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Wave Crusher

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  • October 25, 2013

To start from the top- the Wave Crusher mixtape (or album, or “mini-album”- does it even MATTER anymore?) is available for free download on Spoek’s website, and you should go and download it. Now. Wave Crusher is a product of the friendship and musical alliance that has developed between between Spoek (formerly Spoek Mathambo) and Shamon Cassette. The two met through a mutual appreciation for each other’s music back in 2007, and after a few one-off collaborations, they decided to get serious and create a full project together. They centered their activity in Spoek’s apartment in Malmo, Sweden. The experience seems to have been intense- in an an interview with Dazed Digital, Spoek described it as the “maddest music bootcamp.” The results take inspiration from across the spectrum, mixing the avant-collage aesthetic of golden era hip-hop groups like Public Enemy with indy rock classic and modern and the kind of mind-expanding alt-rap that includes everything from Shabazz’s Palaces’ cold-eyed odes to space to the genre- and gender-bending style of rappers like Mykki Blanco. Taken as a whole, Spoek describes the mix as “a love letter to the adventurous spirit” of hip-hop, a spirit that includes both the electronics of the cutting edge and the wild style of the distant past.

The collaboration also serves as a bridge between the alternate cosmopolitan cultures of South Africa and Brooklyn. Spoek, born Nthato Mokgata, grew up in Johannesburg and began rapping at the tender age of ten. However, he is probably best known for the futuristic fusion of rock and electronica he displayed on albums such as Father Creeper and this year’s Escape from 85. Shamon Cassette brings his own very distinctive perspective to the project. He served in the military during the Iraq War, and now splits his time as both a rapper and designer based in Brooklyn. Far from clashing, these two perspectives seem to fit naturally together. As reflected by the cartoonish cover art, which features Spoek and Shamon surfing on pizzas while wielding lightsabers, the music on Wave Crusher is the work of two friends having a whole lot of fun together.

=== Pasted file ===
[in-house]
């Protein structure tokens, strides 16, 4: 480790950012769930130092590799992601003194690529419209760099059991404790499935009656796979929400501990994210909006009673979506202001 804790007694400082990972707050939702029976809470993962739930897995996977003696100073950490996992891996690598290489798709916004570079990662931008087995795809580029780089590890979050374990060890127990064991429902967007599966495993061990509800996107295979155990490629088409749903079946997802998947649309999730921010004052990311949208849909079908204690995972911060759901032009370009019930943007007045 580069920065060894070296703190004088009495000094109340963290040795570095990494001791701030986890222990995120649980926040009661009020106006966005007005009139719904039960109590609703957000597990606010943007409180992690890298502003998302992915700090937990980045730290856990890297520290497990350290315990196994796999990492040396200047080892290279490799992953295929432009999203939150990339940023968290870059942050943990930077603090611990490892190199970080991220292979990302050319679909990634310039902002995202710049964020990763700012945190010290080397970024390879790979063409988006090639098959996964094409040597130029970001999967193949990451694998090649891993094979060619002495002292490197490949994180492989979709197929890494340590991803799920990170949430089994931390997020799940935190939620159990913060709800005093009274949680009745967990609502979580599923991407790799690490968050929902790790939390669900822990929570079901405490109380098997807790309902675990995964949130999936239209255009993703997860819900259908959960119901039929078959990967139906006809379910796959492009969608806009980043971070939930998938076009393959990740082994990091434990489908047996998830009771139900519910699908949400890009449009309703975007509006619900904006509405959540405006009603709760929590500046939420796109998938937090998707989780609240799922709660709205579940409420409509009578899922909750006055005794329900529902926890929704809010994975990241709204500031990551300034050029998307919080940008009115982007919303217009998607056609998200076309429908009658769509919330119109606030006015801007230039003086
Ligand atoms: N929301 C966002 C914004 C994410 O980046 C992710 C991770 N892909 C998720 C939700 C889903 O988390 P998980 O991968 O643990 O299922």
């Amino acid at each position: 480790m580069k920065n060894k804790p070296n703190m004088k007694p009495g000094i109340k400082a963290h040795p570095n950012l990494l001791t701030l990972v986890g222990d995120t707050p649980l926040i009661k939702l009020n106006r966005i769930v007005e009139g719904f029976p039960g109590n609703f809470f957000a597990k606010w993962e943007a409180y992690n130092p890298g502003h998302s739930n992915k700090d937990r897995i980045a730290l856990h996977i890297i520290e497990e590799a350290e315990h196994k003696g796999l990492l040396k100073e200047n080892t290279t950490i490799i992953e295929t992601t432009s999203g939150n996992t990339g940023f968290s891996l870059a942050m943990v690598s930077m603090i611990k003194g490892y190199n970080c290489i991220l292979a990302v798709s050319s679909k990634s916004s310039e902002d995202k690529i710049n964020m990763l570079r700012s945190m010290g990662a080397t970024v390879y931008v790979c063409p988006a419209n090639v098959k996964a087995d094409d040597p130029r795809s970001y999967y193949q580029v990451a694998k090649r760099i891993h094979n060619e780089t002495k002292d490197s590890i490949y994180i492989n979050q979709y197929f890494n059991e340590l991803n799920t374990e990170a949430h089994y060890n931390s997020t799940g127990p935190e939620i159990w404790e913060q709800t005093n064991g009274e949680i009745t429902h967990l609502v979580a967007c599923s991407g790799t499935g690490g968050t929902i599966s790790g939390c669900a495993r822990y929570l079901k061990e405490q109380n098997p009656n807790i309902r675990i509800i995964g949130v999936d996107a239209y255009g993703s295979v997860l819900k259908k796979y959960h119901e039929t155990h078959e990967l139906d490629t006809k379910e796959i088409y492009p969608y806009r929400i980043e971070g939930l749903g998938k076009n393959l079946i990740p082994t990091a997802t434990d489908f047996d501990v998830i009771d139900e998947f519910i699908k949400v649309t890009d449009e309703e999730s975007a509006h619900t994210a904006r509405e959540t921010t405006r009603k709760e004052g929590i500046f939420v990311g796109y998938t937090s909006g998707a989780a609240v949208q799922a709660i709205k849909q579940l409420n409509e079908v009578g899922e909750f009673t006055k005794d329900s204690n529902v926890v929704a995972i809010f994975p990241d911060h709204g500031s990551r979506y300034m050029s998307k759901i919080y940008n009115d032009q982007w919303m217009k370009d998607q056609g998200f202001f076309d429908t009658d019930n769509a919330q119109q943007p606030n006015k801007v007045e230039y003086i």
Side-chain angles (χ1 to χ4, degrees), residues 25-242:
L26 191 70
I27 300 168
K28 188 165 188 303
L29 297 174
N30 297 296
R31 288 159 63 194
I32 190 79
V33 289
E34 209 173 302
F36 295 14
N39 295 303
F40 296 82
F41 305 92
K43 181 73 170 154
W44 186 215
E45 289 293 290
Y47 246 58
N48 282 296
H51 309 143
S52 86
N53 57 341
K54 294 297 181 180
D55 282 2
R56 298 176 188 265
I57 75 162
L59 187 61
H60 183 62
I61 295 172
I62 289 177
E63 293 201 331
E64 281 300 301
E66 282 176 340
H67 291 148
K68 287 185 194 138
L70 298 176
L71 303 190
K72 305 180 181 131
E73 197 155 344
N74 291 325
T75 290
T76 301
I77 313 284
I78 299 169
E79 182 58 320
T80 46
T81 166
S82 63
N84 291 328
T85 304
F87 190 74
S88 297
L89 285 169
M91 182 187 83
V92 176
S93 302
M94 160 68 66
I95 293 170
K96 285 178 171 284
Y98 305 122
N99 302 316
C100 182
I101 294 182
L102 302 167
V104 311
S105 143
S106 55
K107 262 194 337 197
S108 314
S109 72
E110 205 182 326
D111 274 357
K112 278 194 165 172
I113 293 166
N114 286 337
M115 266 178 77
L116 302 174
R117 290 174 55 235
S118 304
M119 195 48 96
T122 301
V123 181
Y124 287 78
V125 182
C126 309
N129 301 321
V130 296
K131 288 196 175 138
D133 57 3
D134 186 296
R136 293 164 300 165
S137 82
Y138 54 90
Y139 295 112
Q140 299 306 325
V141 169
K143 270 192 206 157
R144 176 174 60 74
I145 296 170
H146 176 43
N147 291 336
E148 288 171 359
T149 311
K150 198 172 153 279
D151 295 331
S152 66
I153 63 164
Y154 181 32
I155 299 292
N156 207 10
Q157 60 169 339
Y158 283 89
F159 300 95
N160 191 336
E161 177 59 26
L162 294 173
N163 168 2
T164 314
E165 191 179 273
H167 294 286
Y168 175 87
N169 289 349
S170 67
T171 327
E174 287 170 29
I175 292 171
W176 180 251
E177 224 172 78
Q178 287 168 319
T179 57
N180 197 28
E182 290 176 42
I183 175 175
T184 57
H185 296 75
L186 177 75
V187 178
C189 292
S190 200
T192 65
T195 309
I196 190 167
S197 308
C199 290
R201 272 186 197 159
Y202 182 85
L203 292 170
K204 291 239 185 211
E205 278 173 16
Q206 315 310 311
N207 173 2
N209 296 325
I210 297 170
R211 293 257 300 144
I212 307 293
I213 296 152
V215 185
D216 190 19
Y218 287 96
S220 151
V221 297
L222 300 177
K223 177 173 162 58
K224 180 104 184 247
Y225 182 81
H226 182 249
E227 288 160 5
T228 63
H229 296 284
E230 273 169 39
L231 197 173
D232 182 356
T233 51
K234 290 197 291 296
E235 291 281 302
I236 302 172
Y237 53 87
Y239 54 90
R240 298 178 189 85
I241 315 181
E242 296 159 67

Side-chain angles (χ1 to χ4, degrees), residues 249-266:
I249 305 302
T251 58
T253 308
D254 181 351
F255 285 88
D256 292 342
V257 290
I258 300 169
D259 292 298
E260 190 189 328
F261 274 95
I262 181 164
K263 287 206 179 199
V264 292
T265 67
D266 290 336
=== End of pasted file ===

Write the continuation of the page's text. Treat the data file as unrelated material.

Yet despite this seemingly carefree aesthetic, Wave Crusher contains more depth than might be apparent on first listen. Take the immediate standout, “My Mind Is In The Clouds.” The song is a remix of the classic Pixies’ song, “Where Is My Mind,” edited by the popular electronic DJ, Bassnectar. While immediate attention goes to Spoek’s excellent and surprising choice for a song to rap over, the lyrics deserve notice as well. Beginning with Spoek’s line, “Losing my faith while melting my face,” the song goes on to reflect on Shamon’s experience as a veteran, tackling the issues of PTSD, alcoholism and drug addiction.

While musically the album sounds closest to Spoek’s Sup Pop labelmate and fellow avant-hip-hop act Shabazz Palaces (who remixed his track “Put Some Red On It” last year), the old school hip-hop influence shines through lyrically on “Go On Dance,” which quotes from Native Tongues affiliate Black Sheep: “Similak child, driving me wild.”

The album functions as a sort of pastiche or collage of the duo’s eclectic music taste. Next, they turn to the New Zealand psych-rock group Unknown Mortal Orchestra, using two tracks off their last album for the very literally trippy track, “Bicycle.” The song concludes with a spoken word section including the line, “I was tripping, man.”

Furthering their political focus, “Cardboard Castle” features a laid-back electro-funk groove laced with fiery politcal lyrics, as  Shamon raps about jails as “the new slave systems.” Spoek also expresses his cultural roots on the track, rapping in the South African language, Ndebele.

Another highlight, “The Atom Strikes,” begins with a sample from reggae icon Peter Tosh’s “No Nuclear War.” It leads into a commentary on our culture of dependence on drugs: both for children, who are over-prescribed psychiatric pills, and adults, who develop addictions to the party drugs that give them superficial release from the emptiness of their lives. While that might sound like a downer, the song’s backing track is the sugarcoated electropop anthem, “Nuclear Season” by Charli XCX.

Taken as a whole, the album sounds powerfully like the future, reflecting both the consistent dread and terror that have defined our time, and the Internet age’s still up-for-grabs utopian promise. South Africa meets Brooklyn, surviving the pain and getting some Jedi pizza? What could be better than that?

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